G.R. NOS. 169829-30 - STEEL CORPORATION OF THE PHILIPPINES v. SCP EMPLOYEES UNION-NATIONAL FEDERATION OF LABOR UNIONS
[G.R. NOS. 169829-30 : April 16, 2008]
STEEL CORPORATION OF THE PHILIPPINES, Petitioner, v. SCP EMPLOYEES UNION-NATIONAL FEDERATION OF LABOR UNIONS, Respondent.
D E C I S I O N
Before the Court is a Petition for Review on Certiorari under Rule 45 of the Rules of Court. The petition is seeking to set aside the Decision1 rendered by the Court of Appeals (CA) dated February 28, 2005 in the consolidated cases CA-G.R. SP Nos. 79446 and 82314, wherein the CA denied the petition in CA-G.R. SP No. 79446 while partially granting the petition in CA-G.R. SP No. 82314, as well as the Resolution2 dated September 22, 2005 denying petitioner's motion for reconsideration.
The antecedents are as follows:
Petitioner Steel Corporation of the Philippines (SCP) is engaged in manufacturing construction materials, supplying approximately 50% of the domestic needs for roofing materials.3 On August 17, 1998, SCP-Federated Union of the Energy Leaders - General and Allied Services (FUEL-GAS) filed a petition for Certification Election in its bid to represent the rank-and-file employees of the petitioner.4 Respondent SCP Employees Union (SCPEU) - National Federation of Labor Unions (NAFLU) intervened, seeking to participate and be voted for in such election5 but the same was denied for having been filed out of time.6
On September 14, 1998, a consent election was conducted, with "FUEL-GAS" and "NO UNION" as choices. Said election was however declared a failure because less than a majority of the rank-and-file employees cast their votes. FUEL-GAS filed an Election Protest claiming that the certification election was characterized by and replete with irregularities.7 On September 21, 1998, NAFLU, the mother federation of respondent, filed a petition for Certification Election for and on behalf of its affiliate, seeking to represent the rank-and-file employees of petitioner.8 The Med-Arbiter denied the election protest of FUEL-GAS and granted the petition for certification election filed by NAFLU and further ordered the conduct of the election with "NAFLU" and "NO UNION" as choices. Both petitioner and FUEL-GAS appealed to the Secretary of Labor, which appeals were later consolidated.9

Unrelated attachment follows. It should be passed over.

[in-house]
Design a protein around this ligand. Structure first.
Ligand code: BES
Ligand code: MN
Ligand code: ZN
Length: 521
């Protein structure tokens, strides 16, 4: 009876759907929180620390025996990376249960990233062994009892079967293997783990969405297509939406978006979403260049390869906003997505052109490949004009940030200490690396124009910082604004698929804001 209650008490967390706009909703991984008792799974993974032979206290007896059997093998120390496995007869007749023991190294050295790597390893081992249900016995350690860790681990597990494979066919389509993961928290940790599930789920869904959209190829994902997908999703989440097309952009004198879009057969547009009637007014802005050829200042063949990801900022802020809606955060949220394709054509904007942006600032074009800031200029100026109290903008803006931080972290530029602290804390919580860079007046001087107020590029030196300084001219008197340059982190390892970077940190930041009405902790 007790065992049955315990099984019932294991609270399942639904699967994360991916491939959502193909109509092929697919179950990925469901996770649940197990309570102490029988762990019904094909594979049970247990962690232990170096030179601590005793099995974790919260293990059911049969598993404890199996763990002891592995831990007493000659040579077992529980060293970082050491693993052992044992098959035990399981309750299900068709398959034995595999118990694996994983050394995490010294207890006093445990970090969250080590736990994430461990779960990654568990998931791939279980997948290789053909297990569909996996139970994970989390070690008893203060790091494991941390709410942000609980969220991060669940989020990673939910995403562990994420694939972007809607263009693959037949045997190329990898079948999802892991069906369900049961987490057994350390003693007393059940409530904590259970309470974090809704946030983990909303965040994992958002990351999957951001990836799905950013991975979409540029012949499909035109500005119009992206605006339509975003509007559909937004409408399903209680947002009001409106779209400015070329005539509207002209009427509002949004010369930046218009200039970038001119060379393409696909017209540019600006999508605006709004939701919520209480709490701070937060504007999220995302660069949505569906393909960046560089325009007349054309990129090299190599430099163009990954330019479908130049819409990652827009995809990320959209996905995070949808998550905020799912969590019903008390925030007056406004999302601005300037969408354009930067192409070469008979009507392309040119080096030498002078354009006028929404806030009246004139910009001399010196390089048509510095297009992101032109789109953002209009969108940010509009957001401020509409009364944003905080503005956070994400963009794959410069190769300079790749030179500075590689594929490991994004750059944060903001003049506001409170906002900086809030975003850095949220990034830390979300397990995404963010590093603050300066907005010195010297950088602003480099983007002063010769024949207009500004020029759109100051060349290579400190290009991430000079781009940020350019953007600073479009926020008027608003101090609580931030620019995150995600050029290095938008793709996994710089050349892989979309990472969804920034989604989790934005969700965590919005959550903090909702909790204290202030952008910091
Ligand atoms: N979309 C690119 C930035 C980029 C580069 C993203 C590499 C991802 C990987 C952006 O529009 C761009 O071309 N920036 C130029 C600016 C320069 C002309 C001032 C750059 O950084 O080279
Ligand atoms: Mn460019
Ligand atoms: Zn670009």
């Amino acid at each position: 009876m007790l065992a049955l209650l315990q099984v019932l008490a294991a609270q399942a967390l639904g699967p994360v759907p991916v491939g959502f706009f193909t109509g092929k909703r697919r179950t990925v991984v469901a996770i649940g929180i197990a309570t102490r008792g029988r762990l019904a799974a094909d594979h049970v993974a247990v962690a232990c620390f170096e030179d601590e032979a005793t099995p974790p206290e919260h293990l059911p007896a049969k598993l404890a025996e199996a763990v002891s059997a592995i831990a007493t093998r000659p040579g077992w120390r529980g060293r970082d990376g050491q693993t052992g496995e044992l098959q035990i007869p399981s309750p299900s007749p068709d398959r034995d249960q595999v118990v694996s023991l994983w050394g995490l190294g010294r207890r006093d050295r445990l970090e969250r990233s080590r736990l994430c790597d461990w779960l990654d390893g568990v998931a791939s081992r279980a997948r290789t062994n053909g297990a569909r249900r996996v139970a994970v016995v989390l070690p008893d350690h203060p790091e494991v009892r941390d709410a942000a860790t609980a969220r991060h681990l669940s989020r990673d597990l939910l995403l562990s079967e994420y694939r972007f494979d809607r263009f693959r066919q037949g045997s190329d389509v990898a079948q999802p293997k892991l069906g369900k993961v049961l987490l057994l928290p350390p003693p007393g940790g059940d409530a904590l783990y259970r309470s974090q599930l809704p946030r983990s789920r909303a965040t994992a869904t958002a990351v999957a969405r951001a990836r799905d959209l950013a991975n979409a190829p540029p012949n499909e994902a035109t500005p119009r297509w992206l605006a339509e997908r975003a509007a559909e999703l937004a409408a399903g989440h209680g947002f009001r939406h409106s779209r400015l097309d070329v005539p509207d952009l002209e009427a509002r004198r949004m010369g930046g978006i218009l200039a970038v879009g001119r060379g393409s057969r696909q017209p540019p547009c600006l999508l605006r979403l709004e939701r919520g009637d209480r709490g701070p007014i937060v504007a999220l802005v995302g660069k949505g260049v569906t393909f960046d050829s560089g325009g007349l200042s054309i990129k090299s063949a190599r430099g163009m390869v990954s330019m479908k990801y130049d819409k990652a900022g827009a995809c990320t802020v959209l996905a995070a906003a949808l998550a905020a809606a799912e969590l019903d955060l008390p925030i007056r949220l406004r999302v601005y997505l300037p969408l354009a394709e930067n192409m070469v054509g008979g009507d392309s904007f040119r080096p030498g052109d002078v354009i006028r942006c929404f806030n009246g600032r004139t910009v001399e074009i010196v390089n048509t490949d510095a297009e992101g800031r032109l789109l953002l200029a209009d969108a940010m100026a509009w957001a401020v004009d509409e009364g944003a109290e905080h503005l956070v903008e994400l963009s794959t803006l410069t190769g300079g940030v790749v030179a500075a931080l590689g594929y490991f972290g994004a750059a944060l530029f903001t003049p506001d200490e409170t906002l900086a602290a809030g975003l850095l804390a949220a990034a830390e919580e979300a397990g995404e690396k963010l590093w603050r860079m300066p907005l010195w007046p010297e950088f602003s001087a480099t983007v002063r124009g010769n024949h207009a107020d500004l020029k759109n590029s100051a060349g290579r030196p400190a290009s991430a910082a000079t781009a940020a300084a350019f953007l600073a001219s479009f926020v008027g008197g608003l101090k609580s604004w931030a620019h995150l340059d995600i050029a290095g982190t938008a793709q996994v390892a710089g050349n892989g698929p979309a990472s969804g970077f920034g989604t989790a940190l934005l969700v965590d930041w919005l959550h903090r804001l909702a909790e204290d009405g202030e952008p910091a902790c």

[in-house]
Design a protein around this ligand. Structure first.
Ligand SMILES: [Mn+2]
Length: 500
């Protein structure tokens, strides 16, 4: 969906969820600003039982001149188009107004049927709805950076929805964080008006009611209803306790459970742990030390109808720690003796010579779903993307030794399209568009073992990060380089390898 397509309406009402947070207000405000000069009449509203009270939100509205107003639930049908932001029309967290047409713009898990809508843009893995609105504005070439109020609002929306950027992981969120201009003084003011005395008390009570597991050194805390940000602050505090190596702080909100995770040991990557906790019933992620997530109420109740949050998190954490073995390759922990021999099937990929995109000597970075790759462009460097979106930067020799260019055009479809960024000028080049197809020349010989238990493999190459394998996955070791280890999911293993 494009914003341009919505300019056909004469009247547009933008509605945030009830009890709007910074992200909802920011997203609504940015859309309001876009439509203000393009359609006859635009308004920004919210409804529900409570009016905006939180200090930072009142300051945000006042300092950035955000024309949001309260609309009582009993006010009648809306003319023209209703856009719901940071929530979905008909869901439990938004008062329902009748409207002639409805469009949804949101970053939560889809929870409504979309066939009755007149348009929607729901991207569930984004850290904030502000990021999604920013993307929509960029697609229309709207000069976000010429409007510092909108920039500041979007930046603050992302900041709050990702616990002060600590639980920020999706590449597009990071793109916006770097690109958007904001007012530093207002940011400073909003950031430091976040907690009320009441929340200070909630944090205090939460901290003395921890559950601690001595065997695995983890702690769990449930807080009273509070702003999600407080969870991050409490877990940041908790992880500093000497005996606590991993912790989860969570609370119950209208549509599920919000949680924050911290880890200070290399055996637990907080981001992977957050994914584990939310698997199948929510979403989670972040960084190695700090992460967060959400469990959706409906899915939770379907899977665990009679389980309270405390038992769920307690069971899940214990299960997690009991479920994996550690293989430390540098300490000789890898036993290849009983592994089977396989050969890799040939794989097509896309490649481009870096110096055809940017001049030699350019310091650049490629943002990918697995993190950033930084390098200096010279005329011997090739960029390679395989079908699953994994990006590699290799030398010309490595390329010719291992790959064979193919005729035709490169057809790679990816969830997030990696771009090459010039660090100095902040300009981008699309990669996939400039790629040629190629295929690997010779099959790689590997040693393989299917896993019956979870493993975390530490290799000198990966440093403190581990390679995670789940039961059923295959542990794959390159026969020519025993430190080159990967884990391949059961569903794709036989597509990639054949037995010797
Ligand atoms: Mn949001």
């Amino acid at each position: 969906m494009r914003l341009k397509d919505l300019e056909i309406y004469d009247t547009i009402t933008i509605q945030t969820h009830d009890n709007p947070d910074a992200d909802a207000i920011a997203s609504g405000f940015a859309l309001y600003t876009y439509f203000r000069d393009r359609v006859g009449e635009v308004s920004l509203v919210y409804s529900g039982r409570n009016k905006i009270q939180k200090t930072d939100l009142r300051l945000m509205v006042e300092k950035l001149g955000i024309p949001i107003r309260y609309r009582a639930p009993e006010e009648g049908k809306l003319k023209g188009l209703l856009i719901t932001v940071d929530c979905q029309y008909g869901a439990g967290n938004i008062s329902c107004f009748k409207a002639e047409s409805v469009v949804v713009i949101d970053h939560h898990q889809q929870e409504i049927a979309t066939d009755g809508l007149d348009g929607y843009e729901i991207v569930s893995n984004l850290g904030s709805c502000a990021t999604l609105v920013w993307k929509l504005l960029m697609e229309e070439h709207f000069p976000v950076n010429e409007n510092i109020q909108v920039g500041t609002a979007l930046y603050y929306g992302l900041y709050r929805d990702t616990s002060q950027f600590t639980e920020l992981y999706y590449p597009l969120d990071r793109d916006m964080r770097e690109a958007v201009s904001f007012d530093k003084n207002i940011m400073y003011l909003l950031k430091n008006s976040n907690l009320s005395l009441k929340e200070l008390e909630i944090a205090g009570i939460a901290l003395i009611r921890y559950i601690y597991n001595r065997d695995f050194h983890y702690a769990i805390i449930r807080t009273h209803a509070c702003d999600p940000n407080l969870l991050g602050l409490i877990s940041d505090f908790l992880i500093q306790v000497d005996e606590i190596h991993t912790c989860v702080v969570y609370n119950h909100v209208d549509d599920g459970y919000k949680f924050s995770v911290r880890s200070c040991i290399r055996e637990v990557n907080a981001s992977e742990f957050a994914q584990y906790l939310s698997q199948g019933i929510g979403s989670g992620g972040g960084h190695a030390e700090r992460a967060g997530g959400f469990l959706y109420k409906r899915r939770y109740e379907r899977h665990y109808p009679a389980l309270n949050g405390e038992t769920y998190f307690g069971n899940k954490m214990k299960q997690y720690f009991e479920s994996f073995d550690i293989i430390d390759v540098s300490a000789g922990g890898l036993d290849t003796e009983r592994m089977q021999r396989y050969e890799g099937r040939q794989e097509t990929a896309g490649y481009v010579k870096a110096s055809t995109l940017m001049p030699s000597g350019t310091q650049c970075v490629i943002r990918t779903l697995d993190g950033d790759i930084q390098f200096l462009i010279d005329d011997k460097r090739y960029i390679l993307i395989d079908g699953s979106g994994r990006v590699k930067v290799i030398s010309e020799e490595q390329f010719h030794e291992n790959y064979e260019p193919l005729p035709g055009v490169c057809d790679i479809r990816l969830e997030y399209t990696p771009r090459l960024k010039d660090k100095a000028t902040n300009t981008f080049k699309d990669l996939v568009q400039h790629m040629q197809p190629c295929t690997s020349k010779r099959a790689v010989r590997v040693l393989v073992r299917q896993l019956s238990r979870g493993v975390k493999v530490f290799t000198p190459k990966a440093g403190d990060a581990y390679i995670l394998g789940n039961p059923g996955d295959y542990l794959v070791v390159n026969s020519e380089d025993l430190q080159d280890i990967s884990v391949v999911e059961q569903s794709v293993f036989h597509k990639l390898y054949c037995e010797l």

On August 27, 1999, the Department of Labor and Employment (DOLE) Undersecretary rendered a consolidated decision ordering the conduct of a certification election with "FUEL-GAS," respondent and "NO UNION" as choices.10 Subsequent motions for reconsideration were denied on October 18, 1999.11 Unsatisfied, petitioner and FUEL-GAS appealed to the CA by way of certiorari .12
On April 14, 2000, the certification election, as ordered by the Med-Arbiter, proceeded. FUEL-GAS participated without prejudice to the decision of the CA in its pending petition. In said election, respondent emerged as winner; hence, the second election protest filed by FUEL-GAS.13
On July 12, 2000, the CA, in CA-G.R. SP No. 55721, rendered a Decision14 which annulled and set aside the August 27, 1999 decision and October 18, 1999 resolution of the Undersecretary. The CA further directed the holding of a certification election with "FUEL-GAS" and "NO UNION" as choices, to the exclusion of respondent.15